is also proposed that by 2006 Treasury will require all highway authorities to
value the roads and to make provision in their budgets for deterioration.
has been noted in the UK that fraudulent claims is on the increase, society is
becoming more litigious and that lawyers are becoming more active in attracting
London Borough of Hammersmith and Fulham is one of 33 local unitary authorities
in the Greater London area. It is
quite small in area being only 6 square miles, but densely populated with a
population of 150,000. Approximately
8,000 businesses are located in the borough and the municipality is one of the
largest employers, with a staff of around 6,500.
Borough has full statutory authority for the delivery of education, social
services, public housing, environmental and technical services. The borough owns
approximately 25% of the housing within the municipality.
a Highway Authority the Borough is responsible by statute for all of the roads
in the Borough with the exception of the A4 and A40 arterial roads.
The total annual budget of the Borough is 450 million pounds.
Council includes 16 wards with two or three Councillors per ward.
There are a total of 46 Councillors who are elected on party lines, with
28 being labour aligned and 18 being conservative aligned.
Thus Labour holds the majority and controls the Council.
Around three years ago the Council moved to a cabinet system whereby the
controlling party elects a leader and five deputies, who have the authority to
full Council meets approximately five times per year but doesn’t set policy.
Scrutiny panels of Councillors are also established with particular
portfolios, each serviced by a senior officer.
These panels are able to provide advice and scrutinise decisions of
Borough of Hammersmith and Fulham has for the past eight years been developing
policy, processes and work procedures for highway maintenance, with risk
management being incorporated into the documentation. The Borough has adopted
the Code of Practice for Highway Management as this fits within their processes.
conjunction with this the Borough undertakes a detailed investigation and
analysis of all claims and defends those that it believes are defensible.
This has resulted in a reduced number of spurious claims.
relating to pedestrians rather than vehicles are more significant due the very
high pedestrian volumes in the Borough. For
example the underground station of Hammersmith has a throughput of approximately
100,000 pedestrian per day.
Borough has in recent times instigated a sidewalk inspection program and has
instigated agreements with service authorities in relation to issues within
their area of responsibility, such as uneven pit surrounds.
City is a unitary Council that was established in 1994 with the abolition of the
County of Avon and creation of four unitary authorities, with Bristol City being
one of these four. Bristol City has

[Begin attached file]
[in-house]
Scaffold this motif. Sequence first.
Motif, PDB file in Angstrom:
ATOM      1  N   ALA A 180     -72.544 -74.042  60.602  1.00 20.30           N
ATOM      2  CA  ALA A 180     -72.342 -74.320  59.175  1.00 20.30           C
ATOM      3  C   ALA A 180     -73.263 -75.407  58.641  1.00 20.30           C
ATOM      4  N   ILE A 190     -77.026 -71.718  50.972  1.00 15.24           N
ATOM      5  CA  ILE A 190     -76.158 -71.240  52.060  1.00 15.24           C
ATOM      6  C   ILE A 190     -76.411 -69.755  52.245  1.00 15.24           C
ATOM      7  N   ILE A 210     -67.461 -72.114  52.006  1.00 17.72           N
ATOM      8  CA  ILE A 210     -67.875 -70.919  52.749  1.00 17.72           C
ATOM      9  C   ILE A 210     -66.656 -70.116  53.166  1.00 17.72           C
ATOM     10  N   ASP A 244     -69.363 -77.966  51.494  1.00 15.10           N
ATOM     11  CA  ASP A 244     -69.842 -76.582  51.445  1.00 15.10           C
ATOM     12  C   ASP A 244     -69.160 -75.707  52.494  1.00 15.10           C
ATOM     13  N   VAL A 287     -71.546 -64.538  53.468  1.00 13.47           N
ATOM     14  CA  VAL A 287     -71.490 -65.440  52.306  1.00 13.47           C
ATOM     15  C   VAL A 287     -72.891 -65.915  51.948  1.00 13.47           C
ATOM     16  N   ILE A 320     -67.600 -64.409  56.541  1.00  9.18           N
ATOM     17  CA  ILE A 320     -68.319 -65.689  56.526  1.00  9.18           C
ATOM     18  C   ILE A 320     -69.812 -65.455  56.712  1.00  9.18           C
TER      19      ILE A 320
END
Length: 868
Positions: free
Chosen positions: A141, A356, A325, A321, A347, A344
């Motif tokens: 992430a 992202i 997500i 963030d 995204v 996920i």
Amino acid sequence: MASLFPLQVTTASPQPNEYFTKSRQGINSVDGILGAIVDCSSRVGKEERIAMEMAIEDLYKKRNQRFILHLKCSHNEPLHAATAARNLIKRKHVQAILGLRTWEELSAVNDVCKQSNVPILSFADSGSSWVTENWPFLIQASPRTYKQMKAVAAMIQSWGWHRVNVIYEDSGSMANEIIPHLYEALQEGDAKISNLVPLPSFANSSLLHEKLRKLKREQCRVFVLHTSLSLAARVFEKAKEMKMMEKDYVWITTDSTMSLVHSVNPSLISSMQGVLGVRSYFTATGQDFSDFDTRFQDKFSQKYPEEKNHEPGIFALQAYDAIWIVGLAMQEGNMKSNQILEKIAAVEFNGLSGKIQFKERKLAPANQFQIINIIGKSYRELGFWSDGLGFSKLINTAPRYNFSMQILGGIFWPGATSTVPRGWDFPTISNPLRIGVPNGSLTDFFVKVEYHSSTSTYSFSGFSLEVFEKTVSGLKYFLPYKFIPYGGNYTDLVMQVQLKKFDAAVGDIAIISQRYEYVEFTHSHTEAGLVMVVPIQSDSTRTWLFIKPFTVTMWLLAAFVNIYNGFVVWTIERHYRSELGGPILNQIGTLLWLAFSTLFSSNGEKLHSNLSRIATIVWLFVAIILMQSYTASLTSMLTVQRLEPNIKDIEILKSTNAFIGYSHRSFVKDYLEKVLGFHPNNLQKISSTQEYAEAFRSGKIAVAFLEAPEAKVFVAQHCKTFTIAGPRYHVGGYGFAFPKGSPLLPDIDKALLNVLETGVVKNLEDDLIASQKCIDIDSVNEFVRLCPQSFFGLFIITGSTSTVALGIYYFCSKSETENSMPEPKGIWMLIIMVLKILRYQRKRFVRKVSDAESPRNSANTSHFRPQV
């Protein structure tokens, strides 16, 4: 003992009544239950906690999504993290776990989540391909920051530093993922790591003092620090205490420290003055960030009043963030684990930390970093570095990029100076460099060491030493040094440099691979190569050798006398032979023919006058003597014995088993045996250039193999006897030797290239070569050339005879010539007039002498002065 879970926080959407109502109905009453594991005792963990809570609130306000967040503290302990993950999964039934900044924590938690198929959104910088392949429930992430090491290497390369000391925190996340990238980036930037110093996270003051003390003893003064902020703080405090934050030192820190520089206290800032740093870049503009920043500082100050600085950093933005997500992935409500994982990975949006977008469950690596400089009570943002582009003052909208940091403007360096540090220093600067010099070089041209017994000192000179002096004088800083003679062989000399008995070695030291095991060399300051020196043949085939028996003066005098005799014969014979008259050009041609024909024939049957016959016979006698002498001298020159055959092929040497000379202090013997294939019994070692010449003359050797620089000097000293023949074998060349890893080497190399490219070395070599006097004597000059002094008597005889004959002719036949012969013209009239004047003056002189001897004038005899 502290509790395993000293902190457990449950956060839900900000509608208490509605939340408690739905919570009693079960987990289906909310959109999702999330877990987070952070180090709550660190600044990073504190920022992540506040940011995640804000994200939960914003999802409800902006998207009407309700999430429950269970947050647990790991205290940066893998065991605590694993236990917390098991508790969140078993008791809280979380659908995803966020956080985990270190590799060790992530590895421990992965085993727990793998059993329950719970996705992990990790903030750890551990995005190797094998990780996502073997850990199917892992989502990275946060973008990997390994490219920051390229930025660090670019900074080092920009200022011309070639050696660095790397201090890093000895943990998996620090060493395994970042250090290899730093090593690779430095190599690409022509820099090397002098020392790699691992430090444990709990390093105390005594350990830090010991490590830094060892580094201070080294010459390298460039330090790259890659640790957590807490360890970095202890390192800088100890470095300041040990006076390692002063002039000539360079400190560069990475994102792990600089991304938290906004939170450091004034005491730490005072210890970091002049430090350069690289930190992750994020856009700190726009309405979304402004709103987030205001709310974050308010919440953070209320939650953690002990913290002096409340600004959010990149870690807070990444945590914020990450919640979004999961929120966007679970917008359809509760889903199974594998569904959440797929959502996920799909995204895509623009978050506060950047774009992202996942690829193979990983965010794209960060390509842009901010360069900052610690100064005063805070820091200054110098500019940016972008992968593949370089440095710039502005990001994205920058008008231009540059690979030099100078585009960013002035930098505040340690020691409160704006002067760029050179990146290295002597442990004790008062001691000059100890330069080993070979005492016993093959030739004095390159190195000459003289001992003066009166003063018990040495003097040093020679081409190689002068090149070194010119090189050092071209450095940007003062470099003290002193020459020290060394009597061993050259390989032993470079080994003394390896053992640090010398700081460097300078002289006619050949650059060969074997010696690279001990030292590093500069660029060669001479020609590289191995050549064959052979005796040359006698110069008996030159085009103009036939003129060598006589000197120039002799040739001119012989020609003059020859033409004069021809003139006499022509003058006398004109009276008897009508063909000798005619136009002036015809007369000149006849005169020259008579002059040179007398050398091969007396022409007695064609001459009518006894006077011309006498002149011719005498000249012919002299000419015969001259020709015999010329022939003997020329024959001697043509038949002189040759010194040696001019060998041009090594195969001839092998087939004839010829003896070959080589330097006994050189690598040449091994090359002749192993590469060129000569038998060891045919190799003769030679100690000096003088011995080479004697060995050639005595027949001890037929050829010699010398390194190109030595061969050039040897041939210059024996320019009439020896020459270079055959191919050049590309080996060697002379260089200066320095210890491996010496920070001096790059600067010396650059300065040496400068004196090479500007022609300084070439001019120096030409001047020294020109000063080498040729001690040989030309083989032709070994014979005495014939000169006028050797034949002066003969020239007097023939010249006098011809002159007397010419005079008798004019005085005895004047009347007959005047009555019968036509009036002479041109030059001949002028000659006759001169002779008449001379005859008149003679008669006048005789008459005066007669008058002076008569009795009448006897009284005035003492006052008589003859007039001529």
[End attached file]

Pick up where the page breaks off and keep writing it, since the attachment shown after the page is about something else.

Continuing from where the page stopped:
a population of 400,000.
City has statutory authority for services including education, public housing,
social services, environment, transport and leisure.
City has responsibility for all roads within the municipality other than
motorways and trunk roads, which come under the jurisdiction of the Department
City consists of 35 wards with two Councillors elected in each ward.
The labour party has the majority and has elected the seven member
Executive (Cabinet) that has decision making power.
accepts the principles of the code of practice for highway maintenance, however
has issue with the Department for Transport proposal to make a determination on
the road network condition by means of deflectographs.
Experience in the City has shown that failures are predominantly top down
and the City places a heavy emphasis on periodic maintenance, with a
comprehensive road reseal program. The
City also spreads its budget further by means of sprayed seals rather than
asphalt overlays, which is uncommon in urban situations in England.
with a maintenance program to maintain the network in reasonable condition the
City provides training to staff to avoid situations leading to potential
City undertakes a detailed investigation and prepares a comprehensive report on
all claims. Where it is considered
that negligence does not apply the claim is strongly defended.
This has resulted in a reduction of payouts in recent years.
is apparent that there is concern that the innovation being shown by Bristol is
not being recognised by Central Government, and that it will limit their funding
opportunities to attract the additional funding that has been made available on
a needs basis.
City is in quite a strong financial position and realises that other Councils
require more Government assistance. However,
I think it is important for Government to recognise good performance and to
develop a process for sharing of innovative practices.
is an internationally recognised centre providing research, advice and solutions
across the world for issues relating to land transport.
Paul Forman heads the investigations and risk management group that
provides advice to a range of organisations and authorities, including Highway
group undertakes accident investigations utilising experts in human behaviour,